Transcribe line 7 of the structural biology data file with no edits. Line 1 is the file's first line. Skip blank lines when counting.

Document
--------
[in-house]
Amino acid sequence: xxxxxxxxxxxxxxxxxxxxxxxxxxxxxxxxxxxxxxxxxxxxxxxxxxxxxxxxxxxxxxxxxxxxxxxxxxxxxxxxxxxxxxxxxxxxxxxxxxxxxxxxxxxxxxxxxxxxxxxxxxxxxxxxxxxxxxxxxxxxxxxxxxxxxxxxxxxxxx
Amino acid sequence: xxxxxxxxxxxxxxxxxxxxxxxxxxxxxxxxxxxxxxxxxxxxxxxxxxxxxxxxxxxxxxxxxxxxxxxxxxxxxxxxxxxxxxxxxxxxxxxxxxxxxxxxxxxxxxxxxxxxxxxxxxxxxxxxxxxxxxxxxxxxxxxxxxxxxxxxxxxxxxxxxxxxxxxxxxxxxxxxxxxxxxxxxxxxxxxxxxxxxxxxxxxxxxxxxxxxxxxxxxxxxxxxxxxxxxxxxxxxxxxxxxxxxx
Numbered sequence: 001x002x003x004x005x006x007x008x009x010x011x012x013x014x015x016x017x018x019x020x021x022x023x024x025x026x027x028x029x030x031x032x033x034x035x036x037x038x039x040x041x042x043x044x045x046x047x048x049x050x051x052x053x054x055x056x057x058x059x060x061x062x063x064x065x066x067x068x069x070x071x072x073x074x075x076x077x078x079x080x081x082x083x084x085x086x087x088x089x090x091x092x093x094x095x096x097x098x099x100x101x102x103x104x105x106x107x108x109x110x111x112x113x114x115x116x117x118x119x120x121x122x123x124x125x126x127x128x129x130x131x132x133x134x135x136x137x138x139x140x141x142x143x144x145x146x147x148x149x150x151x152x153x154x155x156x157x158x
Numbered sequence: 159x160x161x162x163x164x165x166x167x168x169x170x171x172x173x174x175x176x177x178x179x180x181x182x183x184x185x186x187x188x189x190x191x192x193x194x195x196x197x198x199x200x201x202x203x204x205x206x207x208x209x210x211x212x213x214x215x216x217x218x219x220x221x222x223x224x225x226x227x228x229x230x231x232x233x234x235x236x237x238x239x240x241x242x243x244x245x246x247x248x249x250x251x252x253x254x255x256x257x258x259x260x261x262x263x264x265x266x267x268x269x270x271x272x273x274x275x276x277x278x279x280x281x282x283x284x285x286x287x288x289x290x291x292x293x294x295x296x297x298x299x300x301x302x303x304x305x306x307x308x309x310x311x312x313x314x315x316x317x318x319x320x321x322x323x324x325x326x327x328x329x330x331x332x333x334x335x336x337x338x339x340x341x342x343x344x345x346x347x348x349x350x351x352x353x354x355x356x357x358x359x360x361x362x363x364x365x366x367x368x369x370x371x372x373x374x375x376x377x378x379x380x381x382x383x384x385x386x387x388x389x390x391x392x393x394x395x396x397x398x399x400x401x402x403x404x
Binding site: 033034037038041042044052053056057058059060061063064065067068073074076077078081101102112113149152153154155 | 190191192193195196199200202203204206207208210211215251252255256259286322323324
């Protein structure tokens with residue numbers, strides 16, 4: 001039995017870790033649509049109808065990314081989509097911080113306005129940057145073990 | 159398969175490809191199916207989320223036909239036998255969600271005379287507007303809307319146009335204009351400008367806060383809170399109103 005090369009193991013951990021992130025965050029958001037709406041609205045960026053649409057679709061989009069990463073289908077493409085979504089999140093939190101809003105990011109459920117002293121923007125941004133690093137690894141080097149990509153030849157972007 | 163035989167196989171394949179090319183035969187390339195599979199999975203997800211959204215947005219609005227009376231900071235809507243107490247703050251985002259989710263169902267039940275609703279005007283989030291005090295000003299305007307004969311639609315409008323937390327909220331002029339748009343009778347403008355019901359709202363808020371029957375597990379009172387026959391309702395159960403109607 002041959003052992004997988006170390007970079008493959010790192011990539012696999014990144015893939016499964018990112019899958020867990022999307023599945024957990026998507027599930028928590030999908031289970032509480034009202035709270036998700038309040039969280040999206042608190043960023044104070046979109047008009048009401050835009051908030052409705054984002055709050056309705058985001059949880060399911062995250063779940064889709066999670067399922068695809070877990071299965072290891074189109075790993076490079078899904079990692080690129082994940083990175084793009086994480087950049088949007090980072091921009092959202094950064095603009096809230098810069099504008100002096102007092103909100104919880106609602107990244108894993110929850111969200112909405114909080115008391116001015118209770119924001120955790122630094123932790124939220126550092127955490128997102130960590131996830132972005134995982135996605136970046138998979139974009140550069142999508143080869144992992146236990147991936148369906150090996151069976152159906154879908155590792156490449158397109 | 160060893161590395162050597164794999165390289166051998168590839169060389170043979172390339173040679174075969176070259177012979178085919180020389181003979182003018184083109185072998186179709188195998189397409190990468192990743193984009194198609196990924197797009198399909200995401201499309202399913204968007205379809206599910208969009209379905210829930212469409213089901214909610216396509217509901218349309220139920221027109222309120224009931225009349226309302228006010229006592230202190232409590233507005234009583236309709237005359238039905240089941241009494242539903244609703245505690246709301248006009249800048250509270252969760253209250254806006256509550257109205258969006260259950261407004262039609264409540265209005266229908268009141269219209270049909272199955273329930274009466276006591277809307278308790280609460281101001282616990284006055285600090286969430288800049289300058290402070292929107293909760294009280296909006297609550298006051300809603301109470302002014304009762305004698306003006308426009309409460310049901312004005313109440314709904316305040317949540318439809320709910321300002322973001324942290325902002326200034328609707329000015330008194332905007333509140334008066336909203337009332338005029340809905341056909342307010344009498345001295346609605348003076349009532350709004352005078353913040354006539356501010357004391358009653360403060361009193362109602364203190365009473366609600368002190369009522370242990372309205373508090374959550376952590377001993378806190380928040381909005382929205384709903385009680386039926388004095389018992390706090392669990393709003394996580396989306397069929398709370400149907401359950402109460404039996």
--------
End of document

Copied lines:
């Protein structure tokens with residue numbers, strides 16, 4: 001039995017870790033649509049109808065990314081989509097911080113306005129940057145073990 | 159398969175490809191199916207989320223036909239036998255969600271005379287507007303809307319146009335204009351400008367806060383809170399109103 005090369009193991013951990021992130025965050029958001037709406041609205045960026053649409057679709061989009069990463073289908077493409085979504089999140093939190101809003105990011109459920117002293121923007125941004133690093137690894141080097149990509153030849157972007 | 163035989167196989171394949179090319183035969187390339195599979199999975203997800211959204215947005219609005227009376231900071235809507243107490247703050251985002259989710263169902267039940275609703279005007283989030291005090295000003299305007307004969311639609315409008323937390327909220331002029339748009343009778347403008355019901359709202363808020371029957375597990379009172387026959391309702395159960403109607 002041959003052992004997988006170390007970079008493959010790192011990539012696999014990144015893939016499964018990112019899958020867990022999307023599945024957990026998507027599930028928590030999908031289970032509480034009202035709270036998700038309040039969280040999206042608190043960023044104070046979109047008009048009401050835009051908030052409705054984002055709050056309705058985001059949880060399911062995250063779940064889709066999670067399922068695809070877990071299965072290891074189109075790993076490079078899904079990692080690129082994940083990175084793009086994480087950049088949007090980072091921009092959202094950064095603009096809230098810069099504008100002096102007092103909100104919880106609602107990244108894993110929850111969200112909405114909080115008391116001015118209770119924001120955790122630094123932790124939220126550092127955490128997102130960590131996830132972005134995982135996605136970046138998979139974009140550069142999508143080869144992992146236990147991936148369906150090996151069976152159906154879908155590792156490449158397109 | 160060893161590395162050597164794999165390289166051998168590839169060389170043979172390339173040679174075969176070259177012979178085919180020389181003979182003018184083109185072998186179709188195998189397409190990468192990743193984009194198609196990924197797009198399909200995401201499309202399913204968007205379809206599910208969009209379905210829930212469409213089901214909610216396509217509901218349309220139920221027109222309120224009931225009349226309302228006010229006592230202190232409590233507005234009583236309709237005359238039905240089941241009494242539903244609703245505690246709301248006009249800048250509270252969760253209250254806006256509550257109205258969006260259950261407004262039609264409540265209005266229908268009141269219209270049909272199955273329930274009466276006591277809307278308790280609460281101001282616990284006055285600090286969430288800049289300058290402070292929107293909760294009280296909006297609550298006051300809603301109470302002014304009762305004698306003006308426009309409460310049901312004005313109440314709904316305040317949540318439809320709910321300002322973001324942290325902002326200034328609707329000015330008194332905007333509140334008066336909203337009332338005029340809905341056909342307010344009498345001295346609605348003076349009532350709004352005078353913040354006539356501010357004391358009653360403060361009193362109602364203190365009473366609600368002190369009522370242990372309205373508090374959550376952590377001993378806190380928040381909005382929205384709903385009680386039926388004095389018992390706090392669990393709003394996580396989306397069929398709370400149907401359950402109460404039996």